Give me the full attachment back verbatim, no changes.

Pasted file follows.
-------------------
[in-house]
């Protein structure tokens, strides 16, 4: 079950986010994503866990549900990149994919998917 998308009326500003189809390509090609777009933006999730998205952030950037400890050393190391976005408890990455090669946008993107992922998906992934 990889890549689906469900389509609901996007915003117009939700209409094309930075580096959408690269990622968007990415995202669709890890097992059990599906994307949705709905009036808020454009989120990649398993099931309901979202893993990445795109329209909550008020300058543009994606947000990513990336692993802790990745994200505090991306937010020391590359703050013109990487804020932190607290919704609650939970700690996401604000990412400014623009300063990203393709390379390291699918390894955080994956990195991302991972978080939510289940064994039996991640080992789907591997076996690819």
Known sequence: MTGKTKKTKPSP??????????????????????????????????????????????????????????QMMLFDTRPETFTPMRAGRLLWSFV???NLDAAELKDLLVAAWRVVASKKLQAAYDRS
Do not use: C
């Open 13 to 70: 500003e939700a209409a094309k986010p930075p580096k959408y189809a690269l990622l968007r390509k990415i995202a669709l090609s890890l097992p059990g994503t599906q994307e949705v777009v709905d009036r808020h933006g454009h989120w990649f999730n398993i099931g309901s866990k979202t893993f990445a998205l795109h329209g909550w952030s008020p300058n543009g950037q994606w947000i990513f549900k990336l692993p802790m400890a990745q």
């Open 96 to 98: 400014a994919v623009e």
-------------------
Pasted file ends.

[in-house]
């Protein structure tokens, strides 16, 4: 079950986010994503866990549900990149994919998917 998308009326500003189809390509090609777009933006999730998205952030950037400890050393190391976005408890990455090669946008993107992922998906992934 990889890549689906469900389509609901996007915003117009939700209409094309930075580096959408690269990622968007990415995202669709890890097992059990599906994307949705709905009036808020454009989120990649398993099931309901979202893993990445795109329209909550008020300058543009994606947000990513990336692993802790990745994200505090991306937010020391590359703050013109990487804020932190607290919704609650939970700690996401604000990412400014623009300063990203393709390379390291699918390894955080994956990195991302991972978080939510289940064994039996991640080992789907591997076996690819």
Known sequence: MTGKTKKTKPSP??????????????????????????????????????????????????????????QMMLFDTRPETFTPMRAGRLLWSFV???NLDAAELKDLLVAAWRVVASKKLQAAYDRS
Do not use: C
């Open 13 to 70: 500003e939700a209409a094309k986010p930075p580096k959408y189809a690269l990622l968007r390509k990415i995202a669709l090609s890890l097992p059990g994503t599906q994307e949705v777009v709905d009036r808020h933006g454009h989120w990649f999730n398993i099931g309901s866990k979202t893993f990445a998205l795109h329209g909550w952030s008020p300058n543009g950037q994606w947000i990513f549900k990336l692993p802790m400890a990745q």
């Open 96 to 98: 400014a994919v623009e």